A Public Servant working in the UK Government’s Northern Ireland Office (NIO) was paid £10,000 (A$17,600) compensation because he was offended by having to walk past a portrait of the Queen each day.
The payment was revealed by Lord Maginnis, a former Ulster Unionist Party Member of Parliament in an address to Westminster’s upper house, the House of Lords.
Lord Maginnis said Lee Hegarty complained under human rights legislation that he should not have to work in an office that featured paintings of the Queen and the Duke of Edinburgh.
After his complaint, the portraits were removed and replaced with photographs of the royals meeting people in Northern Ireland during official visits.
Lord Maginnis said he was outraged that the senior official’s dispute was settled in secret with the then Secretary for Northern Ireland, Theresa Villiers (pictured), who approved the compensation payment for “hurt feelings and distress”.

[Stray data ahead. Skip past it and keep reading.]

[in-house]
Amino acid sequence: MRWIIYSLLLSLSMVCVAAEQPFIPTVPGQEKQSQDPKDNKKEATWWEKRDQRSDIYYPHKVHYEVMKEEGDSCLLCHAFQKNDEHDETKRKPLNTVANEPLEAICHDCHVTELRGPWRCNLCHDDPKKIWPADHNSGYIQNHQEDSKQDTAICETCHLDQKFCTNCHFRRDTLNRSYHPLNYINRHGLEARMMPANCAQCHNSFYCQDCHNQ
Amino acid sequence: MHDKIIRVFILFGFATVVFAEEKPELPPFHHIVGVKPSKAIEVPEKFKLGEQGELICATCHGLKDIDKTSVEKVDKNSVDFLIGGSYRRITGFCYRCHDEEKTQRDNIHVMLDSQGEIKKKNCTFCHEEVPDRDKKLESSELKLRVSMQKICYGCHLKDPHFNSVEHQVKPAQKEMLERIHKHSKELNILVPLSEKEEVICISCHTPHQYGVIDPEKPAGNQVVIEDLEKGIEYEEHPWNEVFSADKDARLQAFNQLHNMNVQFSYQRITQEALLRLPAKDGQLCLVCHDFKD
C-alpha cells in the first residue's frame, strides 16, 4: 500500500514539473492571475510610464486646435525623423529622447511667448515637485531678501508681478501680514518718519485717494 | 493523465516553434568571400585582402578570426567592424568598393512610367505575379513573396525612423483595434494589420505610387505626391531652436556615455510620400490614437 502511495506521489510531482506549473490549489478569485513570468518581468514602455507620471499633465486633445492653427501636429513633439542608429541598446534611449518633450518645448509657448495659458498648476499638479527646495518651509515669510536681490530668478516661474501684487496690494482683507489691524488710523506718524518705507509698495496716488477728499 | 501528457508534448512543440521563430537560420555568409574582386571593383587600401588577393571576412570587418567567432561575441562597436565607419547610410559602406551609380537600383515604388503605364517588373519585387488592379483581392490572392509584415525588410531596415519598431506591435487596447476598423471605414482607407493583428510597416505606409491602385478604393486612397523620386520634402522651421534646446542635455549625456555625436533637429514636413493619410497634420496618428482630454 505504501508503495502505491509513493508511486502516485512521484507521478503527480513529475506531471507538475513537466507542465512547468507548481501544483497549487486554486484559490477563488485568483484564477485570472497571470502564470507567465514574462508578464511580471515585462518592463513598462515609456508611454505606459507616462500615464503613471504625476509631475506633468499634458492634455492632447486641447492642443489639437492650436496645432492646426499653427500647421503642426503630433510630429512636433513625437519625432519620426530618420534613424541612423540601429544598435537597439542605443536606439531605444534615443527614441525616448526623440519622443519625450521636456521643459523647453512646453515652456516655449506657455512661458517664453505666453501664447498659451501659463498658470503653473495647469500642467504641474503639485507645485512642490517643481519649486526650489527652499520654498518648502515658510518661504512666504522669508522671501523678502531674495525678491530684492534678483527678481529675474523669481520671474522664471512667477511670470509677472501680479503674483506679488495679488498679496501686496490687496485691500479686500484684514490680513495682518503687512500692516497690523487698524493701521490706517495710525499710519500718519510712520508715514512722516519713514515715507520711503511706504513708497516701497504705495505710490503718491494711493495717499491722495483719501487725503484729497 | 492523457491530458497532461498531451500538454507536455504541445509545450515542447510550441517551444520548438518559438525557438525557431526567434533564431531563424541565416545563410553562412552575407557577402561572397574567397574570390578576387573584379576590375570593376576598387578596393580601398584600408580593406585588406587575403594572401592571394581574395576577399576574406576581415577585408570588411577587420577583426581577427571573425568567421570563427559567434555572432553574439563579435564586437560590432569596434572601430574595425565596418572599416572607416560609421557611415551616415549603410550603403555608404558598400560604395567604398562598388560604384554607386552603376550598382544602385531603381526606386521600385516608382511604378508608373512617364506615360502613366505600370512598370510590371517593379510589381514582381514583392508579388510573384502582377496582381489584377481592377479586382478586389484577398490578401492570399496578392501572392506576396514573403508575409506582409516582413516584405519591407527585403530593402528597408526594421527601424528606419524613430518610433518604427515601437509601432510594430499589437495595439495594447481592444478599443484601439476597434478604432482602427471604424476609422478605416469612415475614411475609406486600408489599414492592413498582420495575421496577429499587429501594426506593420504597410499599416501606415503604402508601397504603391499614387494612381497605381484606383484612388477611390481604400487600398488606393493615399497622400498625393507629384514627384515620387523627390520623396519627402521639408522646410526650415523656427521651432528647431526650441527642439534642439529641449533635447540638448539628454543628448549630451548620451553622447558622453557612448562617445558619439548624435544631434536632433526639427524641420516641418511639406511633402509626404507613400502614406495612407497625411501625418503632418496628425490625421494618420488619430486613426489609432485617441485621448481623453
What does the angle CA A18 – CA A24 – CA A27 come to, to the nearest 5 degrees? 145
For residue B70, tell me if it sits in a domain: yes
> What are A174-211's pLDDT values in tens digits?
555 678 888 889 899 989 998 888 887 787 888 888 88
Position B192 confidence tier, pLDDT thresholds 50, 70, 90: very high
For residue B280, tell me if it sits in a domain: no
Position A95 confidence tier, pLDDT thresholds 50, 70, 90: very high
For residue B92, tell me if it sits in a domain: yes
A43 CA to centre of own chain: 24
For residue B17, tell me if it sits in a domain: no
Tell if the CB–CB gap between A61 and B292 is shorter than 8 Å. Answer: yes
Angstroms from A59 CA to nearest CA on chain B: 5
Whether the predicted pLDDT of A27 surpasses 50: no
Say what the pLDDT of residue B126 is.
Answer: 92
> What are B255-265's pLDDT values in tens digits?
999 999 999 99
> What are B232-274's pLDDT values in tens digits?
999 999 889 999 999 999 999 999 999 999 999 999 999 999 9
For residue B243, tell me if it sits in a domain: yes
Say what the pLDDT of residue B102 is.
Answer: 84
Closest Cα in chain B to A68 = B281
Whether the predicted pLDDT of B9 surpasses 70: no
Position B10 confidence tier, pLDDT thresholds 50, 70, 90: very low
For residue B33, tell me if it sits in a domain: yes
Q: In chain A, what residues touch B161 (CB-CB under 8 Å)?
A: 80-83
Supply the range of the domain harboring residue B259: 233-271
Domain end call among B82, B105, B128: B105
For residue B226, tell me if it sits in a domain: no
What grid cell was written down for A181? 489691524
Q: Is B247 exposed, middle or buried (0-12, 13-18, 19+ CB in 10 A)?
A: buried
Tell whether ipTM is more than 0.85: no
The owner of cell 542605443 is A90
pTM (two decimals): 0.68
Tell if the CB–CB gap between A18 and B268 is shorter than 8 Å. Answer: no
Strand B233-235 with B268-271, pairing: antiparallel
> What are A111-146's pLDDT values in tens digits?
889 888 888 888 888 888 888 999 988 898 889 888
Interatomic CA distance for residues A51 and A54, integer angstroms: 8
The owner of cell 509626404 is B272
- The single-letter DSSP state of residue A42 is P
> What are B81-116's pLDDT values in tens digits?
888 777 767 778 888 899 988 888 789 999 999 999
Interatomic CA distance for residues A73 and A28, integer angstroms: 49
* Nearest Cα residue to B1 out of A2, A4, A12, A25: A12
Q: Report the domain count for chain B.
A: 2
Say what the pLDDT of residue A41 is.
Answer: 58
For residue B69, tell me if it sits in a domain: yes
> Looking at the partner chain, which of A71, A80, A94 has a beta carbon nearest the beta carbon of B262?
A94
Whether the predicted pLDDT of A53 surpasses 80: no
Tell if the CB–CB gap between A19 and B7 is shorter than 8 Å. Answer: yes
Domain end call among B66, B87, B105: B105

“This is scandalous,” Lord Maginnis said.
“It is an indictment of the Northern Ireland Office and of this Government.”
Speaking to a mostly empty chamber, Lord Maginnis said the incident showed how the NIO had lost all sense of reality and compared the compensation payout with the delays faced by victims of historical institutional abuse in Northern Ireland.
“I urge the Northern Ireland Office not only to restore the original portraits of Her Majesty and the Duke of Edinburgh but to expedite payment of the comparatively paltry compensation due to the people who are more deserving than this opportunistic Civil Servant,” he said.
Mr Hegarty has subsequently been promoted to Secretary and Accounting Officer at the Parades Commission, a Government body that regulates the often contentious marches common in Northern Ireland.
A source close to Ms Villiers did not dispute the account given by Lord Maginnis and said: “Of course, Theresa was hugely reluctant to allow this payment, but unfortunately sometimes that is unavoidable in this kind of legal dispute.”
London, 13 July 2019